Fix that image in your mind, please: the giver of life, with his abdomen torn open. We'll be coming back to it many times in the course of this article.
The ethos of the titan Prometheus is one of willing and necessary sacrifice for life's sake. That's a pattern we see replicated throughout the ancient world. J G Frazer wrote his lengthy anthropological study, The Golden Bough, around the idea of the Dying God - a lifegiver who voluntarily dies for the sake of the people. It was incumbent upon the King to die at the right and proper time, because that was what heaven demanded, and fertility would not ensue if he did not do his royal duty of dying.
Now, consider the opening sequence of Prometheus. We fly over a spectacular vista, which may or may not be primordial Earth. According to Ridley Scott, it doesn't matter. A lone Engineer at the top of a waterfall goes through a strange ritual, drinking from a cup of black goo that causes his body to disintegrate into the building blocks of life. We see the fragments of his body falling into the river, twirling and spiralling into DNA helices.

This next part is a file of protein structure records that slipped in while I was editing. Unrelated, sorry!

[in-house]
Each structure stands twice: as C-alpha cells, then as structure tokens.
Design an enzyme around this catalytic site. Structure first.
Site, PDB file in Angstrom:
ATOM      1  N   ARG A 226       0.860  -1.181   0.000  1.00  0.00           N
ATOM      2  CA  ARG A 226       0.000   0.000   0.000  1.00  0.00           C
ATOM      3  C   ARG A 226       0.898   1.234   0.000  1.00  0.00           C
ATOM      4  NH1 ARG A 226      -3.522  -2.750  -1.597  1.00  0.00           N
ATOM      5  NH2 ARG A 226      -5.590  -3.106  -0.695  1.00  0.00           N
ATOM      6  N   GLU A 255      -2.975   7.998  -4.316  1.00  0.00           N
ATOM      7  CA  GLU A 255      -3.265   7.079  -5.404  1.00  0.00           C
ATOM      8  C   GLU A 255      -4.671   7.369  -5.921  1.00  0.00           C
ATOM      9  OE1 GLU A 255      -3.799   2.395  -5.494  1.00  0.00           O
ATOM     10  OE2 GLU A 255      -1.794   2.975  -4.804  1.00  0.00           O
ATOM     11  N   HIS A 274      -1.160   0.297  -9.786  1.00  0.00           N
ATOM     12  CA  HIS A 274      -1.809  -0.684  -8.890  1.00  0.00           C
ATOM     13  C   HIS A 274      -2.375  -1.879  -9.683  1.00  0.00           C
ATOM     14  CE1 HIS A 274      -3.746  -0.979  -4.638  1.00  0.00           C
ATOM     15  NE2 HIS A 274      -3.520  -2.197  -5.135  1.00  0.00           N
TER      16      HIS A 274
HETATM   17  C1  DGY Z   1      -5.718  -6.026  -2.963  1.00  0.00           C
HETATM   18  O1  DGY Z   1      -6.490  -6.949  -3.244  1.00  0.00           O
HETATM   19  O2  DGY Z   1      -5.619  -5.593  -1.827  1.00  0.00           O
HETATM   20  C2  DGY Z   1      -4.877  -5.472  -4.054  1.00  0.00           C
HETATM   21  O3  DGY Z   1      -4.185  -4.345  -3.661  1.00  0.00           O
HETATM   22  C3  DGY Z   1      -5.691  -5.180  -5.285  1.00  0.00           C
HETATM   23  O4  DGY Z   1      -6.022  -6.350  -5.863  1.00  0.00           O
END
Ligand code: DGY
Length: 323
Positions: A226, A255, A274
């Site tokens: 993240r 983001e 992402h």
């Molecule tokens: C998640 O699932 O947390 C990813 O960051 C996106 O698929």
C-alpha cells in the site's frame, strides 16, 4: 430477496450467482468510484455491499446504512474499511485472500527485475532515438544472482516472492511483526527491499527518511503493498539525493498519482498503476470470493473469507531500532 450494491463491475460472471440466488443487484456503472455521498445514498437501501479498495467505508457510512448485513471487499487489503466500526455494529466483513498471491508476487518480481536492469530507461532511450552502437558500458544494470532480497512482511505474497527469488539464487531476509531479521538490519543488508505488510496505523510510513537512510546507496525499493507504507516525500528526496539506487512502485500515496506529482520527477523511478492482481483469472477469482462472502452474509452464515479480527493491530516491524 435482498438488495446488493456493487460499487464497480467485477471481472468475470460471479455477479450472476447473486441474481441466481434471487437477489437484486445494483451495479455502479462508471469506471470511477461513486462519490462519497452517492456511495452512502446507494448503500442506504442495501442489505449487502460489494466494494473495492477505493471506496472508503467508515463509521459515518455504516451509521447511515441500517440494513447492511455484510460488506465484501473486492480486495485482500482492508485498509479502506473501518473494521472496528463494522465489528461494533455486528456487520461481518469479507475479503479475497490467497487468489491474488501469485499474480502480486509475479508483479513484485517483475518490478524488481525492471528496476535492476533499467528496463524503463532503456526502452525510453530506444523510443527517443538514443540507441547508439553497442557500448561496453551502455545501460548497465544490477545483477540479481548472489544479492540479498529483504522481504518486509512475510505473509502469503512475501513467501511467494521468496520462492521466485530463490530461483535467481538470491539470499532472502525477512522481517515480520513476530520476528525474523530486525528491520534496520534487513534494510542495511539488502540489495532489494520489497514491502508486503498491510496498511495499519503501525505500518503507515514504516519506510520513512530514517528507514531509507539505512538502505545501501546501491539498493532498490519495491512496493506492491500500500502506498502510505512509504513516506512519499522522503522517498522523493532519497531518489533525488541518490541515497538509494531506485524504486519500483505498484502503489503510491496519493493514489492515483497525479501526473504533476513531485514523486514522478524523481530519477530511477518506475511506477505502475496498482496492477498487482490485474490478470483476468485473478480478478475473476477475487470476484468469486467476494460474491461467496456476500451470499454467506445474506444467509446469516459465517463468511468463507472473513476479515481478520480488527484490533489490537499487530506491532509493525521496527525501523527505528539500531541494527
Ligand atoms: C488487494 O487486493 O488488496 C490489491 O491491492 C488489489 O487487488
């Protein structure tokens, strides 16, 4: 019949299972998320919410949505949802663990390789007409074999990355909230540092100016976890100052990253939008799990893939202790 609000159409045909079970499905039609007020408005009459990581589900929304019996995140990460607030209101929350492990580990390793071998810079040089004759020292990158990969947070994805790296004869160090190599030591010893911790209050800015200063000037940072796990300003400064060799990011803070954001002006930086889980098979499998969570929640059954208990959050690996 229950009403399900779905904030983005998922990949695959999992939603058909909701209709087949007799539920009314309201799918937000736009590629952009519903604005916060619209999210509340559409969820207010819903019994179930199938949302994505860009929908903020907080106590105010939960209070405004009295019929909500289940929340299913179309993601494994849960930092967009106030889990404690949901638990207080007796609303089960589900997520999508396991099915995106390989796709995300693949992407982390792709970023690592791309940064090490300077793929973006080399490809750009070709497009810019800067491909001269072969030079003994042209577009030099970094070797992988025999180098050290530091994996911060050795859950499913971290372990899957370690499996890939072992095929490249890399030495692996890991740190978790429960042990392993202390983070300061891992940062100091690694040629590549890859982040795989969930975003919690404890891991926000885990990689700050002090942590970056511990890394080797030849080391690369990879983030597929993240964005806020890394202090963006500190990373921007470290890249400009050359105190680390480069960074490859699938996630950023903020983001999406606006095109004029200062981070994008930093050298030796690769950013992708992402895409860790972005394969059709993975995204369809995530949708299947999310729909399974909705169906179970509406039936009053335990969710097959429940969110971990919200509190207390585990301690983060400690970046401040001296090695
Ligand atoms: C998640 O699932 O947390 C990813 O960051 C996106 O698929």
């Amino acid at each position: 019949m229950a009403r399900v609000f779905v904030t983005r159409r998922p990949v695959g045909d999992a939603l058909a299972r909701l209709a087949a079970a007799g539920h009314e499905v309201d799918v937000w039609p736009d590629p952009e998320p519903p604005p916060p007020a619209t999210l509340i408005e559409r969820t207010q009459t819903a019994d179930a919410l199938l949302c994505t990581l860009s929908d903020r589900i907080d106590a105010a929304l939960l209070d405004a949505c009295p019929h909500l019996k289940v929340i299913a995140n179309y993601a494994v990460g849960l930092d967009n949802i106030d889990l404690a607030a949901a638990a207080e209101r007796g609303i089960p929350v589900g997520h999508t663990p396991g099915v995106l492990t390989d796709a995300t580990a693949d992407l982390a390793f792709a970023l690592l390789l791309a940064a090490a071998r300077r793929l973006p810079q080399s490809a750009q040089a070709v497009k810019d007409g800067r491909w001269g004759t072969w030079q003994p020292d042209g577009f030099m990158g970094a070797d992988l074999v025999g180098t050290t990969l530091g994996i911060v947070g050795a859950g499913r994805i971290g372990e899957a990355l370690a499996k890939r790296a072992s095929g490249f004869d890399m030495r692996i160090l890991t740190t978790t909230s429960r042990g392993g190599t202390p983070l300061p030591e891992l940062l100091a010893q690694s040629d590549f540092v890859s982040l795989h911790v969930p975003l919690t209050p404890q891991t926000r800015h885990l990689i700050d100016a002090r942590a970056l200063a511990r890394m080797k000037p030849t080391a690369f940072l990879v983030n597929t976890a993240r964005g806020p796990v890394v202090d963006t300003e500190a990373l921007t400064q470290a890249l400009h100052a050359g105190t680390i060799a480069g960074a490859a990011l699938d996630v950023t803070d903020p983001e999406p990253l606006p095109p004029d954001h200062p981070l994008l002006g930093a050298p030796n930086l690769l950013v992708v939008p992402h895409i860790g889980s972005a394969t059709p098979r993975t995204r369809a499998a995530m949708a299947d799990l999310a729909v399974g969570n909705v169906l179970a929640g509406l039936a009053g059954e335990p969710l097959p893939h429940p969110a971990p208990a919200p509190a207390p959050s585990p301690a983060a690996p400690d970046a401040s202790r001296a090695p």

Ridley Scott has this to say about the scene: 'That could be a planet anywhere. All he’s doing is acting as a gardener in space. And the plant life, in fact, is the disintegration of himself. If you parallel that idea with other sacrificial elements in history – which are clearly illustrated with the Mayans and the Incas – he would live for one year as a prince, and at the end of that year, he would be taken and donated to the gods in hopes of improving what might happen next year, be it with crops or weather, etcetera.'